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Final

UFOR 100 Final: FINAL

12 pages65 viewsWinter 2019

Department
Urban Forestry
Course Code
UFOR 100
Professor
Lorien Nesbitt
Study Guide
Final

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FINAL
1.Explain why conflict management is important in urban forestry
• Conflict management instead of resolution
• Role of mediator or facilitator or arbitrator
• Drawing up ground rules
• Starting from agreement
• Building up trust
2. What is meant with the 'Rules of the game' in urban forest governance
• Formal procedures of design making and implementation
• Informal rules and "routines" of interaction
3. Define 'governance' and apply it to an urban forestry context
- • Efforts to direct human action towards common goals, and more formally as
the setting, application and enforcement of generally agreed to rules
Putting in a new type of street tree, making sure the community agrees on it/
government does too.
4. The key dimensions of urban forest governance
• Context: forests & trees; human population
• Institutional framework: policies; planning and regulations; ownership; access
and use rights
• Actors and coalitions: primary stakeholders; other stakeholders; partnerships;
power analysis
• Resources: funding; knowledge and information; delivery mechanisms
• Processes: discourses; participation, engagement and conflict management;
monitoring and evaluations
5. what is meant with 'discourses' in urban forest governance - and provide examples
of major current discourses
Discourse-talking about important things, e.g. canopy cover, public health,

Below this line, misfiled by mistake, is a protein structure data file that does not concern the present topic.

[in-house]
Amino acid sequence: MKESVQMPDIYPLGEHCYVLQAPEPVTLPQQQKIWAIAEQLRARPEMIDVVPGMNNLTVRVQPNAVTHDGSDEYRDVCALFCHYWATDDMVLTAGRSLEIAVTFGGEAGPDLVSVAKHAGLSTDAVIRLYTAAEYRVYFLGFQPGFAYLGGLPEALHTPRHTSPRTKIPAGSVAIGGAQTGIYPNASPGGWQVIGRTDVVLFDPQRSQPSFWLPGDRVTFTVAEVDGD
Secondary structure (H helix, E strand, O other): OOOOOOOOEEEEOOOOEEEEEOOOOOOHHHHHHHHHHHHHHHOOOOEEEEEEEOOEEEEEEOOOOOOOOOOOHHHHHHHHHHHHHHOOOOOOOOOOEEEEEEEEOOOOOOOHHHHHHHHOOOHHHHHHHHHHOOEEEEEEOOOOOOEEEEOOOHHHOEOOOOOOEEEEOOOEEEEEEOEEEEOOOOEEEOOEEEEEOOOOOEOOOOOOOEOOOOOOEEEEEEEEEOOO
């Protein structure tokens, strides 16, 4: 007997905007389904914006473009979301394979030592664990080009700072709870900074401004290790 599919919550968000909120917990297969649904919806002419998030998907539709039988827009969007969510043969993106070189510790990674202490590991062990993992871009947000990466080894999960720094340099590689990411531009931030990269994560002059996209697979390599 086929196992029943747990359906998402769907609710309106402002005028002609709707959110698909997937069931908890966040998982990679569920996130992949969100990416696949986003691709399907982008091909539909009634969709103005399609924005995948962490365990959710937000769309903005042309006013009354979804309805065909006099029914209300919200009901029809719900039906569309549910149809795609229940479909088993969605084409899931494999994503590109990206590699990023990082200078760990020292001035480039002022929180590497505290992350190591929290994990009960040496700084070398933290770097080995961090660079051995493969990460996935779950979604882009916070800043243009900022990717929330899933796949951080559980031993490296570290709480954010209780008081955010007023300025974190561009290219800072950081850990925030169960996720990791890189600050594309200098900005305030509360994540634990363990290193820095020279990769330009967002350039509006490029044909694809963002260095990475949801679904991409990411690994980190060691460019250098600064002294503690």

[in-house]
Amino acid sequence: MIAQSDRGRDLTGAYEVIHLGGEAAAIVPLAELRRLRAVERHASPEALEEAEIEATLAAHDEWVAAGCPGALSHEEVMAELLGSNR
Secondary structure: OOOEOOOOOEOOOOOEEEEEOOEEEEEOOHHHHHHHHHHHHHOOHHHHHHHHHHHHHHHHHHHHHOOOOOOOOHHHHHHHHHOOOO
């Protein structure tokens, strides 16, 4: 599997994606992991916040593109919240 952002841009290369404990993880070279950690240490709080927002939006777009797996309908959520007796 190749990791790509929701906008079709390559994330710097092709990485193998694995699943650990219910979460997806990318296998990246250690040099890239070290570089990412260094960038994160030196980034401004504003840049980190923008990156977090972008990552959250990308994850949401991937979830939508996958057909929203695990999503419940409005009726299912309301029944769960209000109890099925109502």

"rewilding"
6. What is meant with 'Actors and Alliances' in urban forest governance
Actors and coalitions:
primary stakeholders
other stakeholders
partnerships
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power analysis
7. List the main actors groups in urban forest governance
Government (at different levels)
• Organizations such as churches and school boards
• Communities
• NGOs and interest groups
• Businesses, including consultants
• Academia
Residences
8. Provide examples of the different resources actors can use in urban forest
governance
Power
• Knowledge and information
• Networks and connections
• Money
• Leadership
• Land ownership and/or tenure rights
9. Understand how urban forest governance is implemented - and differs - across the
globe
MELBOURNE
Actors:
• Political commitment
• Very strong municipal team
Resources:
• Importance of good and visual information
• Competence and leadership
• International inspiration
Rules of the game
• Formal and informal processes
Discourses
• Focus on climate change adaptation
ST PETERSBURG
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Actors:
• Distrust between administration and public too large
• Administration disbelieved PP would be beneficial
• No real counterpart to Danish NGO
Resources:
• Role of power and trust
Rules of the game
• Some success in enhancing dialogue between partners
• Some important key questions not asked
• Danish tools: not suitable for Russian context (?)
Discourses
• High ambition level, but public participation failed
10. Explain what is meant with 'cultural ecosystem services'
The nonmaterial benefits people obtain from ecosystems through spiritual
enrichment, cognitive development, reflection, recreation, and aesthetic
experiences
11. Describe different categories and examples of cultural ecosystem services
provided by urban forests
Astetic= how it looks, effects it has on person in park
Spiritual= many religious cultures rely heavy on nature.
Educational= how it can teach current and future generations about importance of
forest + self reflection
Recreational = go play soccer.
12. Understand the principles of green infrastructure planning
Planning content
• Network / connectivity
• Multifunctionality
• Grey-green integration
• Multi-scale
Planning process
• Strategic
• Inter- and transdisciplinary
• Socially inclusive
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